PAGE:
Play Live Radio
Next Up:
0:00
0:00
Available On Air Stations

Review: 'At The Mouth Of The River Of Bees'

AUDIE CORNISH, HOST:

A river made of bees, talking dogs, a cosmic love affair with an alien. You'll find these odd wonders and many more in the debut collection of science fiction stories from writer Kij Johnson. It's called "At the Mouth of the River of Bees" and Alan Cheuse has our review.

ALAN CHEUSE, BYLINE: "It Starts With A Bee Sting," the title story of this wonderful first collection begins, as a woman named Linna leaves Seattle to take her ailing dog on a salutary road trip through the Intermountain West.

She finds the road is blocked east of Missoula by a bizarre phenomenon, this river made apparently of billions of insects, which Johnson describes in perfectly metaphorical terms. The air above the road, we read, truly is flowing darkness, like ink dropped in moving water. Linna chooses to take her dog and follow the river to its mouth.

And off on this quest she goes in a story so beautifully executed, most readers will follow her wherever she travels, which includes among other places, a forest in medieval Japan in a story called "Fox Magic" that recounts the affair between a vixen - a female fox - and a feudal nobleman whom the animal bewitches into thinking that she's a royal human personage. Bewitching, indeed.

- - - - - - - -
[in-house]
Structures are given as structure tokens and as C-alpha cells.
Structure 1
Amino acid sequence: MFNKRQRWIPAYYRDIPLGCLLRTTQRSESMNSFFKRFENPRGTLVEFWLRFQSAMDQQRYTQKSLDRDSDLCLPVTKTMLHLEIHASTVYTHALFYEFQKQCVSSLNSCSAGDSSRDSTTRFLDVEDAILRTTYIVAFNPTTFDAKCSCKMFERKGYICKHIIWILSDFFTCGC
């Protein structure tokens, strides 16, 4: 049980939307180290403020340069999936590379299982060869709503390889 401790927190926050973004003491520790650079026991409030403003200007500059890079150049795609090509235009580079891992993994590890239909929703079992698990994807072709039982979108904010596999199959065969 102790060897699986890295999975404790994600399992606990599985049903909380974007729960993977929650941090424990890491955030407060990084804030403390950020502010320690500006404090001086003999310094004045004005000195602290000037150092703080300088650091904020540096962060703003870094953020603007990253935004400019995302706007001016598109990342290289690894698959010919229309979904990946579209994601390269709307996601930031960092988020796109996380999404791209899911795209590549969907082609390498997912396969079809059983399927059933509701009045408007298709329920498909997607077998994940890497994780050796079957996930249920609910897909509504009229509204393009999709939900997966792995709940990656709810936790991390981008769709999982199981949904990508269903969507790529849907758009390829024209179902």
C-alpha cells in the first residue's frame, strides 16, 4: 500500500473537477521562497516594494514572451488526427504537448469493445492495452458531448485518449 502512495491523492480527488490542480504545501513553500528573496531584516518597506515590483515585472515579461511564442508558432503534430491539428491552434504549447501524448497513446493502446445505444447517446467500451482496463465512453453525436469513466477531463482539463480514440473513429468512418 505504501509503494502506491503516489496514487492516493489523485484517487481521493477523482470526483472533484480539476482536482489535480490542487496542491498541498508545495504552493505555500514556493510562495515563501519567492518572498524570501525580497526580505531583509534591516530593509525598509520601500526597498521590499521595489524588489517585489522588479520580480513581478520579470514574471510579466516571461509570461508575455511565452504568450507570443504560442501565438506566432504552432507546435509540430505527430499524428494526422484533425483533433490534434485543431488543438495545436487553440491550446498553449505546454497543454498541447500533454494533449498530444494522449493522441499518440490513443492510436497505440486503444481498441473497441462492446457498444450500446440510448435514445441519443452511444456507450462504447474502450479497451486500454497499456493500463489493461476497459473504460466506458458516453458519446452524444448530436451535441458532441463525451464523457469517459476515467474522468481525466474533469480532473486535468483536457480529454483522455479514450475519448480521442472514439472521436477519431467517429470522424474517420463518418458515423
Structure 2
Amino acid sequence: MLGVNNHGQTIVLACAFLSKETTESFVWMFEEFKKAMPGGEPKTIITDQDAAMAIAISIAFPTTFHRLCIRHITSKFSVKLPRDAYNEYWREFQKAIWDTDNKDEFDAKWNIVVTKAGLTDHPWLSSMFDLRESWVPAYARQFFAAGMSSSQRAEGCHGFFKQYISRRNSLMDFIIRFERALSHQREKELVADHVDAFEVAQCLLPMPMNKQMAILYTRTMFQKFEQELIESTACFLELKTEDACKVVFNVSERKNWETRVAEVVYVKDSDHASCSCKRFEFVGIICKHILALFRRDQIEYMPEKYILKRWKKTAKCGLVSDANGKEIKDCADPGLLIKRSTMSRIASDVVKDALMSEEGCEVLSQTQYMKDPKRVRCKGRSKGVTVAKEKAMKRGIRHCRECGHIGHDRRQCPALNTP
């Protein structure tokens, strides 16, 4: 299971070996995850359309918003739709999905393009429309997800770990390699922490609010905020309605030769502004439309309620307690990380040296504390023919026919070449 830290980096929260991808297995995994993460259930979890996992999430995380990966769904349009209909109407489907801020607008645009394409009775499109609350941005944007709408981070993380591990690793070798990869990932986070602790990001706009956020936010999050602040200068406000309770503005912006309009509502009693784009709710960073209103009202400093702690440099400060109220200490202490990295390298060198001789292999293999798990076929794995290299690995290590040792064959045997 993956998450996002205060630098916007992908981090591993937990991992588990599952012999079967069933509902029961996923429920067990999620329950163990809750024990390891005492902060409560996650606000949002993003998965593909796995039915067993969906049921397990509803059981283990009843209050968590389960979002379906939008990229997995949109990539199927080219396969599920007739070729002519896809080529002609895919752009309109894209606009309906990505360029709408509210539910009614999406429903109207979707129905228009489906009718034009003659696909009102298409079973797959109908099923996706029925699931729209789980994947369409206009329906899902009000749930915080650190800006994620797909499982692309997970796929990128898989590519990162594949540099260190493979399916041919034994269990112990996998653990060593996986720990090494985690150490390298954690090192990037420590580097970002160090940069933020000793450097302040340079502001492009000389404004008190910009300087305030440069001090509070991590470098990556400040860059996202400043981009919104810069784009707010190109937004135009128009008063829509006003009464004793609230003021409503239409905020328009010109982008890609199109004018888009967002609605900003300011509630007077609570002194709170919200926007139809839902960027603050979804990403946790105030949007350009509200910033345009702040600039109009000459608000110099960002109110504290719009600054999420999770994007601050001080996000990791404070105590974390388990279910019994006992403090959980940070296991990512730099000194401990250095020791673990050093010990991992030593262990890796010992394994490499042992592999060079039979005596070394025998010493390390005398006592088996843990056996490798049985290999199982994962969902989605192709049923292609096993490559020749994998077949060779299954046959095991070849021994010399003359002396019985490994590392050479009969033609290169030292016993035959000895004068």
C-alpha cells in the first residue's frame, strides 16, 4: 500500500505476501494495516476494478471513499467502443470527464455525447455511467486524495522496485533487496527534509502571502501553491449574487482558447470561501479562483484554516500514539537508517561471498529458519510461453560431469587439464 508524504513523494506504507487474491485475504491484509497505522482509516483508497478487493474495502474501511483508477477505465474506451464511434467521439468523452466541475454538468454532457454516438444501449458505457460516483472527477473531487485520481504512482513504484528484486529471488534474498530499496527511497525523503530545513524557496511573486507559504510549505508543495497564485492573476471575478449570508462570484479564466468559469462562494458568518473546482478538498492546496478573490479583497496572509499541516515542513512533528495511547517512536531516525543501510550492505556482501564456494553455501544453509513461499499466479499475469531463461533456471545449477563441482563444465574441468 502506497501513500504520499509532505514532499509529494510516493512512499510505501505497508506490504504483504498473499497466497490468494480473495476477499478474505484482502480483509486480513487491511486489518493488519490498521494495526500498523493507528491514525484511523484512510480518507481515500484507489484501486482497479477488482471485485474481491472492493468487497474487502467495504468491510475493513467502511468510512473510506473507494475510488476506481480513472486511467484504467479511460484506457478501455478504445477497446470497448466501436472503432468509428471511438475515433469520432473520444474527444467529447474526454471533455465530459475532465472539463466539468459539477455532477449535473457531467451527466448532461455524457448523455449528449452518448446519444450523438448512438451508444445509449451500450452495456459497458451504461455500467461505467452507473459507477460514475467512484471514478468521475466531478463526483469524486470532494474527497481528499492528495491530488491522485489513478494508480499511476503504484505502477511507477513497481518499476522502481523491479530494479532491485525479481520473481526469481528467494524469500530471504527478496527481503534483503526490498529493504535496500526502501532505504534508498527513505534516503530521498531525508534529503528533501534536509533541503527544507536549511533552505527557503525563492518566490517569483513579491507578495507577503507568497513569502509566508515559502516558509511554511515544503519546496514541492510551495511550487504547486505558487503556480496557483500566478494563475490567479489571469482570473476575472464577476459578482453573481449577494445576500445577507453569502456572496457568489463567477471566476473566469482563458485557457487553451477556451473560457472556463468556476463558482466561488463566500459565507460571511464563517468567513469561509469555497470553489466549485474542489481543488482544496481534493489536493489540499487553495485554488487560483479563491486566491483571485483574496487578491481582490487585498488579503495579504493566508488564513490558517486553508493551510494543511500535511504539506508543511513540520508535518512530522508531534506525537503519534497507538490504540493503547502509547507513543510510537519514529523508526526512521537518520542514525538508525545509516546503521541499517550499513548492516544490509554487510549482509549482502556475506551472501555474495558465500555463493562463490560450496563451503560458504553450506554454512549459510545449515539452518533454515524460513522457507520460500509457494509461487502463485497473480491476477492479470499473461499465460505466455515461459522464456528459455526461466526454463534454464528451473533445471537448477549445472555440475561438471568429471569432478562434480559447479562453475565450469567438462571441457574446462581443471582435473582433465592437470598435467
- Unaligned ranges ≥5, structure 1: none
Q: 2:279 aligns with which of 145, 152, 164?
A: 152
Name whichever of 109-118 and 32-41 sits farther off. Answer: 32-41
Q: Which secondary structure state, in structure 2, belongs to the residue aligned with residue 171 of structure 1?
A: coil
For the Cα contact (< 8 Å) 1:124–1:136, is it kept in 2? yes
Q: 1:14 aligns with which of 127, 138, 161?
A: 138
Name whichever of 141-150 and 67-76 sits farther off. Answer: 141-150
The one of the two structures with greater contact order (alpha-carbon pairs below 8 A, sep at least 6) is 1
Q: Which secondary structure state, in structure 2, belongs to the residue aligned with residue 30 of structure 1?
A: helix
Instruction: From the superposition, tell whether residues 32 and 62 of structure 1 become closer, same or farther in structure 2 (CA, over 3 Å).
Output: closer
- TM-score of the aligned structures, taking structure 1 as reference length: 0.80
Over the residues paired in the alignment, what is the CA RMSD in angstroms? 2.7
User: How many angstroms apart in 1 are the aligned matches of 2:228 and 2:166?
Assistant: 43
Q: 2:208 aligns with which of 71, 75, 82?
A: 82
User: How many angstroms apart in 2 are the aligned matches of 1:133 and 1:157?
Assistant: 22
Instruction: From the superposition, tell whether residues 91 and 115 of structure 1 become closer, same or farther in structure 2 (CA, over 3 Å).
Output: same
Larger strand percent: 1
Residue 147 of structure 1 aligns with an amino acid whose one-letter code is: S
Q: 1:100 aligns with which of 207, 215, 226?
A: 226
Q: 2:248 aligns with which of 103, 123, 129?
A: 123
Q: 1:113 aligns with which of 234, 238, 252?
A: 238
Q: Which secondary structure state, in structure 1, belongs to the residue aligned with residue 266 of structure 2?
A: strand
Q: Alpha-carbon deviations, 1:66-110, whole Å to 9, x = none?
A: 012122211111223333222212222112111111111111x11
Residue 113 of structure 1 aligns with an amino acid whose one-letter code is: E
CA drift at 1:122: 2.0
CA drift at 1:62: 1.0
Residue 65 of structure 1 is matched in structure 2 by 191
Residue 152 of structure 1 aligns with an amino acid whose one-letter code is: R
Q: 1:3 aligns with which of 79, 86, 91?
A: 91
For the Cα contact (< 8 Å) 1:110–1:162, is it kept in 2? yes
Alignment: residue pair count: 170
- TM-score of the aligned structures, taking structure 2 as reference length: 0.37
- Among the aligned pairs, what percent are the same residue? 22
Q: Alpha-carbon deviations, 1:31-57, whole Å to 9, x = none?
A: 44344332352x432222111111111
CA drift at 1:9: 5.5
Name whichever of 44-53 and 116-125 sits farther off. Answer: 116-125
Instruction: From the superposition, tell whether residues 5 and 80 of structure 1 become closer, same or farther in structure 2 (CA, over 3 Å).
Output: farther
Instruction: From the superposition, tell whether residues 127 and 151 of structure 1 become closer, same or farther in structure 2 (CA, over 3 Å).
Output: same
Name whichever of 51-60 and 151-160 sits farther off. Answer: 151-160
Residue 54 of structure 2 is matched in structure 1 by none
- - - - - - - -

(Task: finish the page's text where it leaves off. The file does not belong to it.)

And we roar up into outer space in "Spar," and feel the rush of a sexual escapade between a human woman and an alien that doesn't just push the envelop, it seals it and sends it off into the mails.

The story in the collection called "The Horse Raiders" reminded me a great deal of classic Ursula K. Le Guin, with its deeply imagined sense of distant other-planetary culture, its powerful female narrator, its vital sense of life, wherever we happen to live it, on Earth or in some distant constellation that's dying in a corner of the sky.

(SOUNDBITE OF MUSIC)

CORNISH: Kij Johnson's "At the Mouth of the River of Bees," reviewed by our own Alan Cheuse. His latest book, a trio of novellas, is called "Paradise." Transcript provided by NPR, Copyright NPR.

Alan Cheuse died on July 31, 2015. He had been in a car accident in California earlier in the month. He was 75. Listen to NPR Special Correspondent Susan Stamburg's retrospective on his life and career.
More from Hawai‘i Public Radio